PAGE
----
CLAIRE BERLINSKI, PARIS
Classisists versus Scientists in International Relations Theory
Last week, we discussed the First Great Debate—realists versus liberals. Today, we’ll discuss the Second Great Debate—classicists versus positivists. Again, these words are IR terms of art; they’re not used in their colloquial sense.
In the 1960s, a methodological debate erupted among academic IR scholars about the proper tools for the study of international relations. On one side were the positivists—also termed scientists or behavioralists—who held that academic IR was excessively dominated by historians, whom they termed classicists or traditionalists.Positivism is a term due to the French intellectual August Comte, also credited with the term “sociology.” Positivism is not synonymous with empiricism; the positivist relies upon empirical … Continue reading Indeed, the first generation of IR scholars was dominated by historians, along with diplomats, lawyers, and journalists.
Particularly in the United States, however, a newer generation of academics trained in economics, political science, and even mathematics sought to advance the discipline of IR through the application of the methods of the natural sciences—particularly, through the use of quantitative methods to develop and test models. Claims about causality in international relations, they argued, were empty without the rigor of the scientific method.
And what is that method? In principle, it’s the one we all learned about in junior high school: First, we observe the system. Then we use formal modeling to develop theoretical propositions. We define and measure our variables. We subject our hypothesis to empirical testing. If the experiment falsifies our hypothesis, we abandon it. If it confirms our hypothesis, we replicate it. Whether this is in reality how the natural sciences proceed is debatable, but certainly, this is how they proceed in principle.
Ultimately, the positivists hoped, their models could be sufficiently refined to provide a comprehensive general theory of international relations. William Riker, who popularized the use of game theory in the study of political behavior, was a notable advocate of quantitative methods. So was the British statistician Lewis Fry Richardson, who pioneered modern mathematical techniques of weather forecasting, then applied similar methods to study the inception of war. (His conclusions were striking and counterintuitive: He found that no conflict’s size can be predicted beforehand—indeed, it is impossible to give an upper limit to the series—nor can their outbreak be predicted, for the series follows a Poisson distribution.)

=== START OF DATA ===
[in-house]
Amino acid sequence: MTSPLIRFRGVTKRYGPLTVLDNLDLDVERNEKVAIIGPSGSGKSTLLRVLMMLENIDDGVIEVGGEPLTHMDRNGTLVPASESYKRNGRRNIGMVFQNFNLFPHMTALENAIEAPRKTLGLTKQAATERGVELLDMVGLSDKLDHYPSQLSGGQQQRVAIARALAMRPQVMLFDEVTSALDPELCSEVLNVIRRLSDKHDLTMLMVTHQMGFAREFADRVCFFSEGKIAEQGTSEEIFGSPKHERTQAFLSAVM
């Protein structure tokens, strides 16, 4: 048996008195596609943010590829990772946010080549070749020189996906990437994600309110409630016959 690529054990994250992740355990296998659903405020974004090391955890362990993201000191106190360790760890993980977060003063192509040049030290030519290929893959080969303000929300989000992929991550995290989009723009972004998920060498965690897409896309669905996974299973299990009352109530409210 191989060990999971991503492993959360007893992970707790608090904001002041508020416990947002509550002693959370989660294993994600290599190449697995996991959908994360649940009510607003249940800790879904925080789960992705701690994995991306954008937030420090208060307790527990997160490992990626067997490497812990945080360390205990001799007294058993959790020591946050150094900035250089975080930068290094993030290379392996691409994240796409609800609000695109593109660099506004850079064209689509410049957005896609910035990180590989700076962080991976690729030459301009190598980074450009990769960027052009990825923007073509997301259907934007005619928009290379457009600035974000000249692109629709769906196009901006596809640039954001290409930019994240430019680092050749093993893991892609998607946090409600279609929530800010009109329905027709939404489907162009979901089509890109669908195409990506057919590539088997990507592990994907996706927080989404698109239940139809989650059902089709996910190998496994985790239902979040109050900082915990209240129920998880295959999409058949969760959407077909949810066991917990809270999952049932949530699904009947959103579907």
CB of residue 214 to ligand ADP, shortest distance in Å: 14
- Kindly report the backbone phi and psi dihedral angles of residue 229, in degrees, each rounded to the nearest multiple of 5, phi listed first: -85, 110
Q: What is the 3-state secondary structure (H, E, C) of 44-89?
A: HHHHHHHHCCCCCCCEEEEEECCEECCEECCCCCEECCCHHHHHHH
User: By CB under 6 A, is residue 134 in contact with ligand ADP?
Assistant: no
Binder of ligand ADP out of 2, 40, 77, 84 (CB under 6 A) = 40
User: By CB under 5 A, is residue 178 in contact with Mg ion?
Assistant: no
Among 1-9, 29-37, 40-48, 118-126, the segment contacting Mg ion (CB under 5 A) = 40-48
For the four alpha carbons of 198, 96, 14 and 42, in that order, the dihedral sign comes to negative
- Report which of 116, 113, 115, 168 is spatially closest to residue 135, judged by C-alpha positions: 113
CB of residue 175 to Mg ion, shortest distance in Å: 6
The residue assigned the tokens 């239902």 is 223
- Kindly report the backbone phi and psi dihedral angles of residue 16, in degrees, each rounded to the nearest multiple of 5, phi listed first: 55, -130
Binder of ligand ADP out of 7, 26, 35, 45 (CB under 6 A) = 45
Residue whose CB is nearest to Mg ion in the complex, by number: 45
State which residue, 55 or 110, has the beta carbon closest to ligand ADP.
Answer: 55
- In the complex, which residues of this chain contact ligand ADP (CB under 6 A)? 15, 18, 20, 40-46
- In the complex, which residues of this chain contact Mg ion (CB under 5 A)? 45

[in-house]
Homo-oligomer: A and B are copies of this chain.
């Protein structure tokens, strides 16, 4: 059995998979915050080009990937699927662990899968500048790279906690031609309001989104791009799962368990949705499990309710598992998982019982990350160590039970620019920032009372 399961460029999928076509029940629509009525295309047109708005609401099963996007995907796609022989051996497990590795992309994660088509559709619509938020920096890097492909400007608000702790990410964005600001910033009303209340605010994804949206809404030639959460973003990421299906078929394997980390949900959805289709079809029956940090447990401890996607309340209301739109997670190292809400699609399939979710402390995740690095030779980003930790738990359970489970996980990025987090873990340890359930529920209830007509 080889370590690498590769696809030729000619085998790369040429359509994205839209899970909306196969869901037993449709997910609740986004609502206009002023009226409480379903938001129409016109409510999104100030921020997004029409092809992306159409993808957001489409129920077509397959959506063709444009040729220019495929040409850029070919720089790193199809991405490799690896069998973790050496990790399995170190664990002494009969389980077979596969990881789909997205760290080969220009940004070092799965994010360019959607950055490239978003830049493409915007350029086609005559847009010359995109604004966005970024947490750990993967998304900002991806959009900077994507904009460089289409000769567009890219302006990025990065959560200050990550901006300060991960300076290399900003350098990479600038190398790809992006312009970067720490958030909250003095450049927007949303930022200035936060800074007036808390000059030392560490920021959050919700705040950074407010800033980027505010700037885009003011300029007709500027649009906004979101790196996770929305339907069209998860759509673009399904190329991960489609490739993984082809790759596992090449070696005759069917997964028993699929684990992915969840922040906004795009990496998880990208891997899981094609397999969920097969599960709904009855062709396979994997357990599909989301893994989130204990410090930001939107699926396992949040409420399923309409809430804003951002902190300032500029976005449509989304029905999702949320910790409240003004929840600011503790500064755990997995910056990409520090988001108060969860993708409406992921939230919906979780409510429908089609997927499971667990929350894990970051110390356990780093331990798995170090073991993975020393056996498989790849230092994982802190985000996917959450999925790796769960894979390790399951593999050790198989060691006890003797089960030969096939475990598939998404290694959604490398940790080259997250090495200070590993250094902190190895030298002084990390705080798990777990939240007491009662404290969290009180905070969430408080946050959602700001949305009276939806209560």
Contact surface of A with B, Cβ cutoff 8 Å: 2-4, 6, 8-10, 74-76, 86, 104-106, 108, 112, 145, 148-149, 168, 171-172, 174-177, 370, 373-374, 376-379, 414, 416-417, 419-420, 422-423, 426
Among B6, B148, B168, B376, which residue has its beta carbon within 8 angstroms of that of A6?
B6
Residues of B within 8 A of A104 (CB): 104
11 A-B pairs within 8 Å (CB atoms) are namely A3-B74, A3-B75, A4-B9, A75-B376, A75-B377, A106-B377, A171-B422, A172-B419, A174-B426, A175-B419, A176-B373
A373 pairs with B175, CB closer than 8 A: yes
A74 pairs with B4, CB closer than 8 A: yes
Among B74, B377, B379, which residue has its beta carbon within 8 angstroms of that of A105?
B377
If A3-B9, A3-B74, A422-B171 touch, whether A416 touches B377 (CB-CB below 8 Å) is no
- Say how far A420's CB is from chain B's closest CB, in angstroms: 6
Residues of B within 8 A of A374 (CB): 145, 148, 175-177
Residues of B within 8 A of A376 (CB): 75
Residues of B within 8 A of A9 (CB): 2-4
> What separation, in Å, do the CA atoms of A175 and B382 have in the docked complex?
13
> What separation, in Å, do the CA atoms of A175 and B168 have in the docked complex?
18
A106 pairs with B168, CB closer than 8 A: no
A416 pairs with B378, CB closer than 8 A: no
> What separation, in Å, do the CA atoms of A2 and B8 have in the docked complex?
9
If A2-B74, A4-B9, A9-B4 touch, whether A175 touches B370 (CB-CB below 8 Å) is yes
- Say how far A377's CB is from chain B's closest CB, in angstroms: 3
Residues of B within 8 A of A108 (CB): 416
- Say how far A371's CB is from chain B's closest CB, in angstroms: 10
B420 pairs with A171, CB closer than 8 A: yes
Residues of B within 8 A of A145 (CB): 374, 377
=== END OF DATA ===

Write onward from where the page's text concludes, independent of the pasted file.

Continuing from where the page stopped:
In 1966, Hedley Bull, speaking for the classicists, took on the positivists in a scathing (and really quite funny) article titled, International Theory: The Case for a Classical Approach. It will take you ten minutes to read, and it will be the best thing you’ve read all day. He argued that international politics simply were not amenable to any precise description of variables and their quantification. The scientific method, he wrote, “has contributed very little to the study of international relations, and in so far as it is likely to encroach upon and ultimately displace the classical approach, it is positively harmful.” He likened the new passion for such methods to a cargo cult.
“[L]ike the logical positivists when they sought to appropriate English philosophy in the 1930s,” he added,
or like McNamara’s Whiz Kids when they moved into the Pentagon, [the positivists] see themselves as tough-minded and expert new men, taking over an effete and wooly discipline, or pseudo-discipline, which has so far managed by some strange quirk to evade the scientific method but has always been bound to succumb to it in the end.
Not so fast, said Bull. It won’t happen. The analysis of international relations is necessarily interpretive. You can’t go in there without a trained historian, and preferably one with an elegant prose style.
In abstaining from what Morton Kaplan calls “intuitive guesses” or what William Riker calls “wisdom literature” they are committing themselves to a course of intellectual puritanism that keeps them (or would keep them if they really committed to it) as remote from the substance of international politics as the inmates of a Victorian nunnery were from the study of sex.
Bull argued instead for an approach based on philosophy, law, and history—one that took perceptions and intuitions seriously, and embraced moral judgment. “If we confine ourselves to strict standards of verification and proof,” Bull wrote, “there would be very little of significance that can be said about international relations.’’
Several months later, the most prominent champion of the positivist view, Morton Kaplan, published a rebuttal in the same journal in an article titled, “The New Great Debate: Traditionalism vs. Science in International Relations.” Kaplan argued that the classicists were, in fact, saying little of significance. The IR literature, he wrote, was “a great mass of detail to which absurdly broad and often unfalsifiable generalizations are applied.” The same generalizations were “applied indiscriminately over enormous stretches of time and space” and “sufficiently loosely stated so that almost no event can be inconsistent with them.”